This is the third in a series of posts that looks at the generic grade descriptors published by Ofsted, and shows you exactly how someone could manipulate them to meet their own ends. So far, the main problems that have been unearthed are:
- the requirement for teachers to do something that is out of their control in order to meet a certain grade
- logical impossibilities relating to the requirement to reach at least a ‘good’ and regarding average student ability and expectations
- vagueness and lack of explicitness that is inconsistent across different grades, in general the criteria for outstanding being much more explicit than that of inadequate
3. Grade Descriptors: the curriculum
Outstanding: The curriculum in the subject provides highly positive, memorable experiences and rich opportunities for high quality learning, has a very positive impact on pupils’ behaviour and, where appropriate, their safety, and contributes very well to pupils’ achievement and, where appropriate, to their spiritual, moral, social and cultural development.
Good: The curriculum in the subject provides well organised, imaginative and effective opportunities for learning for all groups of pupils including disabled pupils and those who have special educational needs, promotes positive behaviour and, where appropriate, their safety, and provides a broad range of experiences that contribute well to the pupils’ achievement and, where appropriate, to their spiritual, moral, social and cultural development.
Satisfactory: The curriculum in the subject is generally matched to pupils’ needs, interests and aspirations and provides adequate preparation for the next stage of their lives, whatever their starting points.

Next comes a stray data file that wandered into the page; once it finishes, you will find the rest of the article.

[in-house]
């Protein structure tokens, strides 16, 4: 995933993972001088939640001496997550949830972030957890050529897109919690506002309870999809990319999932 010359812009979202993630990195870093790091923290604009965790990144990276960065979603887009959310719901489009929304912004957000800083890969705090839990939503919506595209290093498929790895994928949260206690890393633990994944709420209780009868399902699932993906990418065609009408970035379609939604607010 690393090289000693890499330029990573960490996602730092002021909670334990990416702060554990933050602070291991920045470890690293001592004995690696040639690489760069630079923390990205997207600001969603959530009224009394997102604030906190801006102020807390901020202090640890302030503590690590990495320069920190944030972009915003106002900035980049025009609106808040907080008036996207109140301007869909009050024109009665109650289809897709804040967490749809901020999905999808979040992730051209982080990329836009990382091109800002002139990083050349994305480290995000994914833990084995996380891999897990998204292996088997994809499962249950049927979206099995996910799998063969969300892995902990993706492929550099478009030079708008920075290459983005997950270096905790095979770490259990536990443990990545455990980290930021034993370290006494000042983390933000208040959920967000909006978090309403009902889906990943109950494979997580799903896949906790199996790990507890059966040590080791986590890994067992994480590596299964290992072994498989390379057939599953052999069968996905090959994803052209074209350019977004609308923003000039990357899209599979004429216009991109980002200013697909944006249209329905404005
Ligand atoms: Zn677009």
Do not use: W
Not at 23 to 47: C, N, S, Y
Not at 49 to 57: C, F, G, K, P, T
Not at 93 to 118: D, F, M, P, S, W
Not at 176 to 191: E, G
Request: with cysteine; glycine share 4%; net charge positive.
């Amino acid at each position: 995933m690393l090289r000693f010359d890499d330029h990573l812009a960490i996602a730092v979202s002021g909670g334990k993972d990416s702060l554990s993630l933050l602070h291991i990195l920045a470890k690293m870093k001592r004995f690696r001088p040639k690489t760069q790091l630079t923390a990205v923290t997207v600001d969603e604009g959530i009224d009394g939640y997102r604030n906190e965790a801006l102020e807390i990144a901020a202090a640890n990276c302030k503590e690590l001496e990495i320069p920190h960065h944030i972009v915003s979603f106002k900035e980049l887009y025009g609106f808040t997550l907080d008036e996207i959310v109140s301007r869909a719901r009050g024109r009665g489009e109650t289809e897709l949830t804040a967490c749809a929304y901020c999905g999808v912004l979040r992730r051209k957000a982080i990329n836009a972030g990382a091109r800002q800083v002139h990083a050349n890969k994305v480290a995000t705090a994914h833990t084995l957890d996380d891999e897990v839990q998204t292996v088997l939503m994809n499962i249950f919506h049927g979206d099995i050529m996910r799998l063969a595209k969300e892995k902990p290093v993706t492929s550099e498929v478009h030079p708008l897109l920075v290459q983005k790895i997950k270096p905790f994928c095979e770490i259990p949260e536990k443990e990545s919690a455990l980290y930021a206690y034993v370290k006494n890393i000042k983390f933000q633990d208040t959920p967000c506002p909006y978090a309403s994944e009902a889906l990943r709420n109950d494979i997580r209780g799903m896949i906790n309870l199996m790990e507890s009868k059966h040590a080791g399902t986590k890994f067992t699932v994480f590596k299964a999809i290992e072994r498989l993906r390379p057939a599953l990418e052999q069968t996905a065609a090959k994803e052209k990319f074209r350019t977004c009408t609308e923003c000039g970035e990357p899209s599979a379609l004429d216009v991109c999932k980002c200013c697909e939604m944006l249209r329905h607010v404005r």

Inadequate: The curriculum in the subject fails to meet the needs of pupils or particular groups of pupils.
Firstly, the inconsistency between the different grade descriptors is very profound here. The most striking is that the only mention of SEN students is within the good criteria (although ‘particular groups’ are mentioned in inadequate), and you can see very clearly that as the grade gets lower, there are noticeably less words used to describe that grade. This means less evidence is required to give someone an inadequate, and more is required to give an outstanding. Surely the amount of evidence generated from a lesson of any level of quality should be the same?
Within the outstanding and good categories itstates, 'curriculum needs to be designed to impact on student’s behaviour': I’m not entirely sure why the two are linked – surely the only thing that can possibly impact behaviour is good behaviour management? Certainly activities can be pitched at students who are known to behave better or worse, for example, better behaved students can cope better with group tasks. But is this not contradictory to high expectations? Also, in order to impact on behaviour, does that not require a restriction in available curriculum opportunities?
Also with regards to this particular requirement, in good you are simply required to ‘promote’ good behaviour, while in outstanding you are required to have an ‘impact’ on it. Did you know that you only need to promote good behaviour to achieve a good, not actually get the students to do the good behaviour? That doesn’t sound right at all, and certainly is not how it is interpreted ‘on the ground’.
If you want to read the full Ofsted grade descriptors they can be found at this link.
Can you explain how to make sense of these particular descriptors? Are you satisfied with how your curriculum is being assessed? Please comment below.
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